Police keep people's house of laws barricaded from its own citizens
Government fears dark images of officers charging at protestors rushing Congress
It was nothing more but another surprise.
On July 11, Prime Minister Mariano Rajoy stood up in Congress and announced drastic cuts for government workers and an unprecedented hike in the standard value-added tax rate, from 18 percent to 21 percent. Two hours later, as the debate continued, some 200 government employees gathered outside of Congress. Immediately, a noticeable police presence, with some officers on horseback, appeared on the scene. The following day, an operation unfolded to block access to pedestrians and traffic - anyone, who wants to enter the building on Carrera de San Jerónimo has to identify themselves, including lawmakers.
Since July 16, security officers have put up dense mesh fencing around Congress. There has been anger, but also consternation, among some lawmakers who feel isolated from what is occurring to ordinary people.
It is a fact that protestors from various groups felt the need after Rajoy announced his austerity measures to establish a presence outside the chamber's doors. And they tried to do so until last Thursday, when the deputies approved the cuts.
The days have passed and the shield has not come down. Cayo Lara, national coordinator for the United Left (IU), and Socialist Party spokeswoman Soraya Rodriguez both sent letters to Congress speaker Jesús Posada asking for "more flexibility" in the police blockade. The rest of the parties' spokespersons have also expressed their concern on the chamber floor, asking the authorities not to turn Congress into "a bunker."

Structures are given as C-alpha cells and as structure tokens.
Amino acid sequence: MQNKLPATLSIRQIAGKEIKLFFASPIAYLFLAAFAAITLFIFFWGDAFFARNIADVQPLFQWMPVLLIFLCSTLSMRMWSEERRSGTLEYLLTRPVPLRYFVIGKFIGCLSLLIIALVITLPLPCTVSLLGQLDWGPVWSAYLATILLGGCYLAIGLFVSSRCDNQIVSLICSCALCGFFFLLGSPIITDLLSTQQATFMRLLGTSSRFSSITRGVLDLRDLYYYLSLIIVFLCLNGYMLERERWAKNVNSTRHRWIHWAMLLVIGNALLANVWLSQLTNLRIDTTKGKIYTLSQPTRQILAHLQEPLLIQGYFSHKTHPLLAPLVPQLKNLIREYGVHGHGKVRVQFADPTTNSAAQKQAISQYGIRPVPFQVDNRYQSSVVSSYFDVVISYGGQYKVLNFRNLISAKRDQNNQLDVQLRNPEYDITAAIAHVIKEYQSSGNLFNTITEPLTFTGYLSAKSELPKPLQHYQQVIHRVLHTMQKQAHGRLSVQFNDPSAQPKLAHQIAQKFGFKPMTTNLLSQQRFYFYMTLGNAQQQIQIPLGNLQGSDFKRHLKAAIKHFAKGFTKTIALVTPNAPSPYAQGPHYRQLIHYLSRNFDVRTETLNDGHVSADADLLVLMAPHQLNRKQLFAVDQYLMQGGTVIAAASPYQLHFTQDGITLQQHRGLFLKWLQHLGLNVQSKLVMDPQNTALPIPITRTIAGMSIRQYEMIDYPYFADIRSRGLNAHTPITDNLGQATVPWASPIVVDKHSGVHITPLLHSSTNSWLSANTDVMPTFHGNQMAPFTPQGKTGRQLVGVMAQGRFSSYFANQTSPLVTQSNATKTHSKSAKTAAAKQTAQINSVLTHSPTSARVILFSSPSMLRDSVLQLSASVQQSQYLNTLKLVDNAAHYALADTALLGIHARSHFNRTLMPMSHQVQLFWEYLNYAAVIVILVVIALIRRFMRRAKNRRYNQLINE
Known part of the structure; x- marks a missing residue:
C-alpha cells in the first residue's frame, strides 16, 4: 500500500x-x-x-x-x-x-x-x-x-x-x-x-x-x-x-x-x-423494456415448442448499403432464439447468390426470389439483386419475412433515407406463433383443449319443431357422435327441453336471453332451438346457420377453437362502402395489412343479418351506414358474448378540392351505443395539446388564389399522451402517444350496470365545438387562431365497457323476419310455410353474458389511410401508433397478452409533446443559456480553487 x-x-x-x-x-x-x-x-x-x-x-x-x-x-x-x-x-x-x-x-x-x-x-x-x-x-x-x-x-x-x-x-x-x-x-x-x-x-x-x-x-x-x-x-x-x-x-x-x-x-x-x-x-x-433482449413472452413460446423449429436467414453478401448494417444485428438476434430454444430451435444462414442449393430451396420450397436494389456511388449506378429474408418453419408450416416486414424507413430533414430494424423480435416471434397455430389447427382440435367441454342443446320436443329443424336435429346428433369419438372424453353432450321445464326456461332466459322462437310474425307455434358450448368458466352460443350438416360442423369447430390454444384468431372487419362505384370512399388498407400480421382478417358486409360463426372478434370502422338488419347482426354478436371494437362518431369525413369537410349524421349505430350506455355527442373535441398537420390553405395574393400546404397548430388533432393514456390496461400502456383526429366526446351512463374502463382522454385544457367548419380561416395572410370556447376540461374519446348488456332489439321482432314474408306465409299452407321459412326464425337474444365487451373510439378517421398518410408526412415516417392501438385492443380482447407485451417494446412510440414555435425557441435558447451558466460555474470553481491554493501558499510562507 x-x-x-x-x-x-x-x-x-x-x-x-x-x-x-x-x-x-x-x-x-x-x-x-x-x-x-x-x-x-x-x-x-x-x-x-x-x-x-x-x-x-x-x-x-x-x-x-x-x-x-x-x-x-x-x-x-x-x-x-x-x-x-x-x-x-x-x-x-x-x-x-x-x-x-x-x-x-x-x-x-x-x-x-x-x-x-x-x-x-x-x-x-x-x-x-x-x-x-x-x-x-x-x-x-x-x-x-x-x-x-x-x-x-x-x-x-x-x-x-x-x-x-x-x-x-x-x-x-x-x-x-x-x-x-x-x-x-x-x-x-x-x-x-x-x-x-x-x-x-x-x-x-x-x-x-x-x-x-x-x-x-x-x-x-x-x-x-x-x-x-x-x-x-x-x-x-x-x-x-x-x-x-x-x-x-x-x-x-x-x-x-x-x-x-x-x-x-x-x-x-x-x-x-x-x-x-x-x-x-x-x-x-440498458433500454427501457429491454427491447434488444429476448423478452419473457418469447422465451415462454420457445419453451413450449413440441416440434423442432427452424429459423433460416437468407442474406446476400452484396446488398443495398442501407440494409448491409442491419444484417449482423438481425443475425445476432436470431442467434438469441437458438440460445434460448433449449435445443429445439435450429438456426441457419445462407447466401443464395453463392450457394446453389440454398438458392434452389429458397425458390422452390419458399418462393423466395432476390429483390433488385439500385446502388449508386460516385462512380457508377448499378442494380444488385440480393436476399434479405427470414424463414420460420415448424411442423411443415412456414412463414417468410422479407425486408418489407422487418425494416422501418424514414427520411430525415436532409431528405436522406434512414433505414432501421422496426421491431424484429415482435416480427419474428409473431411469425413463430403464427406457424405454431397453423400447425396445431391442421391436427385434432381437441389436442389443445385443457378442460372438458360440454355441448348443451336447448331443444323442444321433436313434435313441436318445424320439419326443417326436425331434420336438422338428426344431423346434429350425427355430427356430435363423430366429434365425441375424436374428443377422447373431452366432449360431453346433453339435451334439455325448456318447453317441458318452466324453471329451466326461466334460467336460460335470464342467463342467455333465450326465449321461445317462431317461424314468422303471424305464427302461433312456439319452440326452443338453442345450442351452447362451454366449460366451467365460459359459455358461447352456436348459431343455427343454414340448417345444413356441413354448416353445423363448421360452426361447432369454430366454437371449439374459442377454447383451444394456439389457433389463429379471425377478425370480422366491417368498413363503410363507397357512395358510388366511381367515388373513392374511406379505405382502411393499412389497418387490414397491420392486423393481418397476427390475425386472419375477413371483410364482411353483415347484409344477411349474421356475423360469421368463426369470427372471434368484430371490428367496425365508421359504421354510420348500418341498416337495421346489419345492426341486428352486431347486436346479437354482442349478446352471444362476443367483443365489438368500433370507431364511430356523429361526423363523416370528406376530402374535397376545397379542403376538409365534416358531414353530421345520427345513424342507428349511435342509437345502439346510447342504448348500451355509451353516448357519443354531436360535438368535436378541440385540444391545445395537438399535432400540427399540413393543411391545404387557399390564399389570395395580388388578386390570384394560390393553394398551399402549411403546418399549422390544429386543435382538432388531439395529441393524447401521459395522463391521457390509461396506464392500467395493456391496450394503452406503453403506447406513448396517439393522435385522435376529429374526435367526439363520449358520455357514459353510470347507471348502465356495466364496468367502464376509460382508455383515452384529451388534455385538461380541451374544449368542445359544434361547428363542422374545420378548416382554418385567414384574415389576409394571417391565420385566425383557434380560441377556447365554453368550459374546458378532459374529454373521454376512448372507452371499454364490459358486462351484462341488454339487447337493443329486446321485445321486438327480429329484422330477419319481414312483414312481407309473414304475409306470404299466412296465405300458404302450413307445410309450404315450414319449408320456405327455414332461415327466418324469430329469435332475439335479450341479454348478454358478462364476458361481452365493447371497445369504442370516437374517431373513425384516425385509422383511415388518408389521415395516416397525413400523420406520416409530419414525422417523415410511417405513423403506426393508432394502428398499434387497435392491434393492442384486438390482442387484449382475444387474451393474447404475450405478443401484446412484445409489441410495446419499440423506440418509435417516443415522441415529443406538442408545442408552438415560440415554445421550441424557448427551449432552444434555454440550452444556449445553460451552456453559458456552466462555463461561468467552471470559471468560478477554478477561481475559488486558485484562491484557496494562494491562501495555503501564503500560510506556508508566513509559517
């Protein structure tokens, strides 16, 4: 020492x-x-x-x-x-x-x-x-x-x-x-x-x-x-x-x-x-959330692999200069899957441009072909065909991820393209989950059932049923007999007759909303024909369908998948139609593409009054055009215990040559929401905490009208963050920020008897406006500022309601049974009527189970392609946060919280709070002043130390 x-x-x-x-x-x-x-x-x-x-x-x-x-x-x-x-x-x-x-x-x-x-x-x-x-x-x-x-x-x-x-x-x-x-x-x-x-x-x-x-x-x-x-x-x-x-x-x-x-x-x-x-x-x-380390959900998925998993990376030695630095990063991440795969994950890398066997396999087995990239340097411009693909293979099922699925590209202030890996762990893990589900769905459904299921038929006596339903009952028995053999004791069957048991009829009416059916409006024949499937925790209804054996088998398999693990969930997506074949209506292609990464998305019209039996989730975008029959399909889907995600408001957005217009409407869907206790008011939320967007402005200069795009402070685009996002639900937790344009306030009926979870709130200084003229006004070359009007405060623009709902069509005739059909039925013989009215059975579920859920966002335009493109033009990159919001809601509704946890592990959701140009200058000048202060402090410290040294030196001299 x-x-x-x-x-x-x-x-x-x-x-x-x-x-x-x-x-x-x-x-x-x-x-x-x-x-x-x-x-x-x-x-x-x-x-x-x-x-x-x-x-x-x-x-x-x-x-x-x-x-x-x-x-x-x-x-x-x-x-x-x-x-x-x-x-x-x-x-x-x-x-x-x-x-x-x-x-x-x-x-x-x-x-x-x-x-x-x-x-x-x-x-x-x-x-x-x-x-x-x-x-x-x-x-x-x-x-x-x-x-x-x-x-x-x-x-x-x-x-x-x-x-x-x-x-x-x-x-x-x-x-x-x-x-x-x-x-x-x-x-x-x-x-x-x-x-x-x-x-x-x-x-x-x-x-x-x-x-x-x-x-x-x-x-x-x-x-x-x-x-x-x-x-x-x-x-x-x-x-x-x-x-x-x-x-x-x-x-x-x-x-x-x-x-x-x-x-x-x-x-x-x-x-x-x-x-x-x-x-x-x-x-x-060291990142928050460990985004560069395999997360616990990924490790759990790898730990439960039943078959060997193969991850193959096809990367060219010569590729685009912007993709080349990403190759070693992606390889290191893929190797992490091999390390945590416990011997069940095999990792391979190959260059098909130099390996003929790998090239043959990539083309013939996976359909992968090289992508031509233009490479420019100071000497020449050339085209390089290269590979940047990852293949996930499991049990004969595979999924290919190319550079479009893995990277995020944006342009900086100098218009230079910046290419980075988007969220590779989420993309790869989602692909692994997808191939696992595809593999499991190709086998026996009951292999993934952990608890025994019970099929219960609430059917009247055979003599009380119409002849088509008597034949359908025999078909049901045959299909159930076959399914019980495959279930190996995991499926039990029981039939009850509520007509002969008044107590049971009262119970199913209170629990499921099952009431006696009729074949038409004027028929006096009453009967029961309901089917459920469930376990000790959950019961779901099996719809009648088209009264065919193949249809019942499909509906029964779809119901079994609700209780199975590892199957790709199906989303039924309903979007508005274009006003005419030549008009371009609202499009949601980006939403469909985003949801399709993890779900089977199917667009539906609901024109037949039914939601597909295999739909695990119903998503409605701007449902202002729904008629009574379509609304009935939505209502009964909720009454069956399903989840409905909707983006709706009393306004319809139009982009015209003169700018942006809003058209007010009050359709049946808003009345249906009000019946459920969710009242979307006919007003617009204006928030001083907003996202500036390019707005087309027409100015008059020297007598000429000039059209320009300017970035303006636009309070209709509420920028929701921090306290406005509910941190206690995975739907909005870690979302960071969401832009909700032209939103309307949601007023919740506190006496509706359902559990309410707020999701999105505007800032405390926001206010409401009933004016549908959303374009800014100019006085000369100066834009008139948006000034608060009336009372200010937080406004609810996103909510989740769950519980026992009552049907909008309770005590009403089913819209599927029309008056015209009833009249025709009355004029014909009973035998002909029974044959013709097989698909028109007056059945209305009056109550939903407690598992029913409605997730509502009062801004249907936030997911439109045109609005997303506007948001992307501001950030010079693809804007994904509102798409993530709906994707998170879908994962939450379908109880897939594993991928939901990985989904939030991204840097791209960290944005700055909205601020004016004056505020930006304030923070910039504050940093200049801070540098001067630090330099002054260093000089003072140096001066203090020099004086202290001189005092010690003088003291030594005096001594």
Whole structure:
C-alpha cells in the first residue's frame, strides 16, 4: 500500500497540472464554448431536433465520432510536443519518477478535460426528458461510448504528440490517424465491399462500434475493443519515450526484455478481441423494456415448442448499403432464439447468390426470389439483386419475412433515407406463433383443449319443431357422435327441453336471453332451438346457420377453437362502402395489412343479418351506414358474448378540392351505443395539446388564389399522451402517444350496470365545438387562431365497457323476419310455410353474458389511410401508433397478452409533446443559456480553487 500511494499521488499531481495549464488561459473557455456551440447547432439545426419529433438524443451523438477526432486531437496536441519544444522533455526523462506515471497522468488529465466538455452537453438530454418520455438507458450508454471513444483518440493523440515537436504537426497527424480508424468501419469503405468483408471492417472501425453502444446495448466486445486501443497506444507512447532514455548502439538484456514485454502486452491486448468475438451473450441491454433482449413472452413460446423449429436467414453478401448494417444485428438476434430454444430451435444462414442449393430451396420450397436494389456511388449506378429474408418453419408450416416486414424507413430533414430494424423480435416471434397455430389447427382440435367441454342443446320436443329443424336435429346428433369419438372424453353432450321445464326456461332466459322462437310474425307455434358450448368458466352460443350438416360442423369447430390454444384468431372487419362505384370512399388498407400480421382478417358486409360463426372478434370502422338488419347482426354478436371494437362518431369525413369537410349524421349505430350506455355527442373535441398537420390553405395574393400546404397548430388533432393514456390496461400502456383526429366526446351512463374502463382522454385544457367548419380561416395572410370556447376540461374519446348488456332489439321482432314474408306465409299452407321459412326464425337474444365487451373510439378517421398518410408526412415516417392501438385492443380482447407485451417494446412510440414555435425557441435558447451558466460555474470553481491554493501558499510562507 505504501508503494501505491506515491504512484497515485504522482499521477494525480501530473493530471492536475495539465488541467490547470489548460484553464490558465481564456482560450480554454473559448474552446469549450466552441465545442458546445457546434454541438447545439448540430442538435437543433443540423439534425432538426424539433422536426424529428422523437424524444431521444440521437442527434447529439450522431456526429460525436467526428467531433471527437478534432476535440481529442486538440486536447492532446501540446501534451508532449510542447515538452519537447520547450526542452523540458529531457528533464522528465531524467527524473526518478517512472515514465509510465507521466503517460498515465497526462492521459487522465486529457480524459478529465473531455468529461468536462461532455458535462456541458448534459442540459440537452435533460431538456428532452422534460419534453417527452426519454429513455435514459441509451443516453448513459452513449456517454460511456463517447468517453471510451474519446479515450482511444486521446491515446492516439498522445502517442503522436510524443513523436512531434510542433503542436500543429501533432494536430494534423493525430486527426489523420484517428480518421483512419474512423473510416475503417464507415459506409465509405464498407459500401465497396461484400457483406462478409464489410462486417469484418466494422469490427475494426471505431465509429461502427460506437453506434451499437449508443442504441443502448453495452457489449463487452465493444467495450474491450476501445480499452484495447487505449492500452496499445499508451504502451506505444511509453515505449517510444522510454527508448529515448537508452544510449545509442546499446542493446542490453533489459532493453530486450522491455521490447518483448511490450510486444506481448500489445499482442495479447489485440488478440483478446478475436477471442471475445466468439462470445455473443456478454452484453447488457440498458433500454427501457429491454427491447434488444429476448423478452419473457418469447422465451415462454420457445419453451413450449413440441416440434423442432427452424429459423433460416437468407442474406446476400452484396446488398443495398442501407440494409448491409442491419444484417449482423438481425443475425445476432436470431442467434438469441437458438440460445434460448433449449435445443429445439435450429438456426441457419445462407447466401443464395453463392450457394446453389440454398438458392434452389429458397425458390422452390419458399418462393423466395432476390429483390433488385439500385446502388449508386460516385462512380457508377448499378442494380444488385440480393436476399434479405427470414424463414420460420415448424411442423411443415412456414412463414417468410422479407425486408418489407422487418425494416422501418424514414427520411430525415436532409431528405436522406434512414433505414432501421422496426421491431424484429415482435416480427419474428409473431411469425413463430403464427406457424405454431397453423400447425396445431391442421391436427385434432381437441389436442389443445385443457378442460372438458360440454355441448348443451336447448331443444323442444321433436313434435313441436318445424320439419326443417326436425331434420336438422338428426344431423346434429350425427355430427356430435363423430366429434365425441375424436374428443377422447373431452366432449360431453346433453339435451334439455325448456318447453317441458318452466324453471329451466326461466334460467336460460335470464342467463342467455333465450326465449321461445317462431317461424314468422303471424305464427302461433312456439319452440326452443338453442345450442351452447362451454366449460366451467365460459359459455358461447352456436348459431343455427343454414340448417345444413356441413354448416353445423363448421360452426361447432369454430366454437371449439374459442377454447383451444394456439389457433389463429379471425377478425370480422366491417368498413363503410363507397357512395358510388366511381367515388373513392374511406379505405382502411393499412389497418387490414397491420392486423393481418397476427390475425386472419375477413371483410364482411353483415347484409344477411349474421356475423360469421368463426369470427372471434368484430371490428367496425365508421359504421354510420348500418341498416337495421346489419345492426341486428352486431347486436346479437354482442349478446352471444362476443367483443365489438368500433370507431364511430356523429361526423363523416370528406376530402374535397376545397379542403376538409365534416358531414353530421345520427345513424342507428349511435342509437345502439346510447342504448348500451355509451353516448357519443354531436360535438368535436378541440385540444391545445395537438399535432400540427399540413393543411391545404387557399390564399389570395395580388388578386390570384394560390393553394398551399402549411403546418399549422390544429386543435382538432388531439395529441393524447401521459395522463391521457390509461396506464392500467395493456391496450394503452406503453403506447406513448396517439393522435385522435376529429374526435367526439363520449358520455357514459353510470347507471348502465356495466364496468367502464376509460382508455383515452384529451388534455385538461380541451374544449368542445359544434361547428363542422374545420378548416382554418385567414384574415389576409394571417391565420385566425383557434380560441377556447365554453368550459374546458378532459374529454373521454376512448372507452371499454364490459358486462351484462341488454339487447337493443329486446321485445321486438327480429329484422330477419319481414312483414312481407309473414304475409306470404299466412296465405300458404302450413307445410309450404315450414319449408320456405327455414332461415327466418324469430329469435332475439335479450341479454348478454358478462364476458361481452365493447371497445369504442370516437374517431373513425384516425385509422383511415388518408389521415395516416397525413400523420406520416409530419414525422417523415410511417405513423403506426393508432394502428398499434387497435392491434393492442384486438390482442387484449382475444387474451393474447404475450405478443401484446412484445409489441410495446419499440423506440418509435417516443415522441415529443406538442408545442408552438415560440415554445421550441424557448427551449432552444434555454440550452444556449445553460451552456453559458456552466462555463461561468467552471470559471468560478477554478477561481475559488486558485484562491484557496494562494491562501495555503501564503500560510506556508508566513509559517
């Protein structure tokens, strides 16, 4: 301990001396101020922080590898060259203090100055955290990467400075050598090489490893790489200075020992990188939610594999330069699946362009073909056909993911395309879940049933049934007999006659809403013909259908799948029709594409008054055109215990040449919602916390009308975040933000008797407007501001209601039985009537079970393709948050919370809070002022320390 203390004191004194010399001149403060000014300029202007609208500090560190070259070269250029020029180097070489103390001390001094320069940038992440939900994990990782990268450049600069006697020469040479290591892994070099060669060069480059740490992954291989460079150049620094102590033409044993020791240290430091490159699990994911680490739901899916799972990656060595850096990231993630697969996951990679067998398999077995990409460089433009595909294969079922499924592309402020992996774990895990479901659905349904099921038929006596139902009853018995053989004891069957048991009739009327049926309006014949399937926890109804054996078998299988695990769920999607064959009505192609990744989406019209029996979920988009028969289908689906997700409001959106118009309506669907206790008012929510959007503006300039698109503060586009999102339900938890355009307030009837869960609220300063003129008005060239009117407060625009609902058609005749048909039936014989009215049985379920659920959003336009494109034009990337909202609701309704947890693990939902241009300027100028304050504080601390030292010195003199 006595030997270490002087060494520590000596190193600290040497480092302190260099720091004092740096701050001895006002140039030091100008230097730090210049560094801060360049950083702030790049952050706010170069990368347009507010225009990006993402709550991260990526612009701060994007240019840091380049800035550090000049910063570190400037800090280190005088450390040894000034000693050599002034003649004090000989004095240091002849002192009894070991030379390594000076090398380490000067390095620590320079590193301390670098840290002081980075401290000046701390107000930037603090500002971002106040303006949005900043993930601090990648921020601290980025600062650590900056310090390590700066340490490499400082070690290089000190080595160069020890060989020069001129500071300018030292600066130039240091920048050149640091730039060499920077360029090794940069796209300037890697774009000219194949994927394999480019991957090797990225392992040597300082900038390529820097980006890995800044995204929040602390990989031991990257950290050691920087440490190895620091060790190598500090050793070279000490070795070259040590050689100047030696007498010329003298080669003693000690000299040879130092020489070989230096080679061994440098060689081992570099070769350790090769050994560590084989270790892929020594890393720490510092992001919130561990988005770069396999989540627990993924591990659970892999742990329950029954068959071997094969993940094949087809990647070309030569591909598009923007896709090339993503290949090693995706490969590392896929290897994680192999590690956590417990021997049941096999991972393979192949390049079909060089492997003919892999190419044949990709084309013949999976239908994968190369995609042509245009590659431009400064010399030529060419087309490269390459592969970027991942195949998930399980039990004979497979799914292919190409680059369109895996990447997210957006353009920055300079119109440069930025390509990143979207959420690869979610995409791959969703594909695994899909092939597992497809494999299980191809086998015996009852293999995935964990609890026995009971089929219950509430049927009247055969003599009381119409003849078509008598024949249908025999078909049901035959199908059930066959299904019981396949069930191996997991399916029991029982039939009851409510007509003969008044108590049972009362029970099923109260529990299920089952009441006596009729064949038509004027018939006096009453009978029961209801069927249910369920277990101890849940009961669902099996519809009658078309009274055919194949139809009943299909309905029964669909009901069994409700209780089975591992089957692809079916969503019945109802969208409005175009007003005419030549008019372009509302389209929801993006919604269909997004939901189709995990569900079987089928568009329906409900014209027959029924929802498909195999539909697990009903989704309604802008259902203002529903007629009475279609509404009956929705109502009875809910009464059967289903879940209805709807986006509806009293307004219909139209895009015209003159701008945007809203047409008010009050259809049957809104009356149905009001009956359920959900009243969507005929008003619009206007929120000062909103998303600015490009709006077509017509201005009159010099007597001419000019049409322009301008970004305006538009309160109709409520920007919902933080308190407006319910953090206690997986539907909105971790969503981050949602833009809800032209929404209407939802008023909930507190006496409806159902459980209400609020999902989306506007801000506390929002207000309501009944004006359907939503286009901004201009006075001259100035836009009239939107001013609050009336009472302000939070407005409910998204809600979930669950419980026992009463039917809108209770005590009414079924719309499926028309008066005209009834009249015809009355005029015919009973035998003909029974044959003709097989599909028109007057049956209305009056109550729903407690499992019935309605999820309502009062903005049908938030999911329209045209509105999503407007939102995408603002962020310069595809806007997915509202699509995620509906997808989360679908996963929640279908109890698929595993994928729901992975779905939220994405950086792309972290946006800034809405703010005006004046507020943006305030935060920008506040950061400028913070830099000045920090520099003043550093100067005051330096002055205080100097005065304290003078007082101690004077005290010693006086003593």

Even the PP spokesman, Alfonso Alonso, admitted that he was uncomfortable about the situation, but said that the final decision rests with the security forces. Government sources acknowledge that the goal is to prevent at all cost possible police charges against demonstrators in front of Congress or nearby, as has taken place outside the Greek parliament. Such images would be broadcast around the world on television.
"We do not have to protect ourselves from the public and there is nothing to fear from citizens; instead we must protect ourselves from speculators and those who rob us of our dignity and sovereignty," Lara thundered from the podium last week.
"Our intention is to remove the barriers in the coming days," said one government source, "but it has been necessary to adopt these measures because there are anti-establishment groups fixated with the idea of 'Everyone to Congress!' and we cannot let this happen." While the risk is there, the barrier will remain.
Some groups have been toying with the thought of attempting to break into and take over Congress for more than a year now but it has been brewing even more so "in recent months because there are some who are feeling increasing hatred toward politicians because of the cuts," said a police official.
On the social networks, there are more messages that are being circulated encouraging people to break into Congress to make people around the world aware of the situation. Having taken the temperature of protestors in recent protests, police are now concerned that "normal people have become more aggressive and curiously drawn to the riots by the anti-establishment."
The perimeter fences remain closed from the Palace Hotel to Cedaceros street, and also Zorrilla street (at the back of the old building). That has meant that "at times" no one can enter or leave the public parking located on Las Cortes square as one employee complained